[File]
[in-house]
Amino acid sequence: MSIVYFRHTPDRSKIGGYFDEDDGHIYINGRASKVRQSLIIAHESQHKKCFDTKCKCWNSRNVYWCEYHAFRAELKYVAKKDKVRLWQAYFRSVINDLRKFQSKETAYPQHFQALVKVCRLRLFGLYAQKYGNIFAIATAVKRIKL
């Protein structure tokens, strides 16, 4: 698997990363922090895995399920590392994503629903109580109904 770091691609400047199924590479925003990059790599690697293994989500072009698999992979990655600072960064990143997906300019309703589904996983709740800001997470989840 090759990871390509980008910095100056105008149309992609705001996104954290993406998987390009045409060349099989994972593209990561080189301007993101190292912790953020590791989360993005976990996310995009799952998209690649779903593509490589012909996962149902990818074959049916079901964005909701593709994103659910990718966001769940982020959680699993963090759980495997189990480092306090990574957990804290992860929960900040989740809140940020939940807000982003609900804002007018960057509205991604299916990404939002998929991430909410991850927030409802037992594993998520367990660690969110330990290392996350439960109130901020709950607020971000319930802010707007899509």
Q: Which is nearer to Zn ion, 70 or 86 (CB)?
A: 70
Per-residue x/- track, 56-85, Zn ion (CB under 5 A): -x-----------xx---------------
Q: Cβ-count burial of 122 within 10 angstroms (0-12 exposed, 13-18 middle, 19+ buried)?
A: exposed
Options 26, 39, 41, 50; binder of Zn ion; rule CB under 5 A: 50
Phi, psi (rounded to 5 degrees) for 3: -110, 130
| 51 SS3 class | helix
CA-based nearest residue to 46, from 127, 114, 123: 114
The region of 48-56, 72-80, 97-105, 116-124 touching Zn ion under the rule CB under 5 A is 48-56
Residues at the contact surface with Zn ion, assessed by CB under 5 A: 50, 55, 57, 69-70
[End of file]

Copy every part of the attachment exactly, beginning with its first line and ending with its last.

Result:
[in-house]
Amino acid sequence: MSIVYFRHTPDRSKIGGYFDEDDGHIYINGRASKVRQSLIIAHESQHKKCFDTKCKCWNSRNVYWCEYHAFRAELKYVAKKDKVRLWQAYFRSVINDLRKFQSKETAYPQHFQALVKVCRLRLFGLYAQKYGNIFAIATAVKRIKL
């Protein structure tokens, strides 16, 4: 698997990363922090895995399920590392994503629903109580109904 770091691609400047199924590479925003990059790599690697293994989500072009698999992979990655600072960064990143997906300019309703589904996983709740800001997470989840 090759990871390509980008910095100056105008149309992609705001996104954290993406998987390009045409060349099989994972593209990561080189301007993101190292912790953020590791989360993005976990996310995009799952998209690649779903593509490589012909996962149902990818074959049916079901964005909701593709994103659910990718966001769940982020959680699993963090759980495997189990480092306090990574957990804290992860929960900040989740809140940020939940807000982003609900804002007018960057509205991604299916990404939002998929991430909410991850927030409802037992594993998520367990660690969110330990290392996350439960109130901020709950607020971000319930802010707007899509």
Q: Which is nearer to Zn ion, 70 or 86 (CB)?
A: 70
Per-residue x/- track, 56-85, Zn ion (CB under 5 A): -x-----------xx---------------
Q: Cβ-count burial of 122 within 10 angstroms (0-12 exposed, 13-18 middle, 19+ buried)?
A: exposed
Options 26, 39, 41, 50; binder of Zn ion; rule CB under 5 A: 50
Phi, psi (rounded to 5 degrees) for 3: -110, 130
| 51 SS3 class | helix
CA-based nearest residue to 46, from 127, 114, 123: 114
The region of 48-56, 72-80, 97-105, 116-124 touching Zn ion under the rule CB under 5 A is 48-56
Residues at the contact surface with Zn ion, assessed by CB under 5 A: 50, 55, 57, 69-70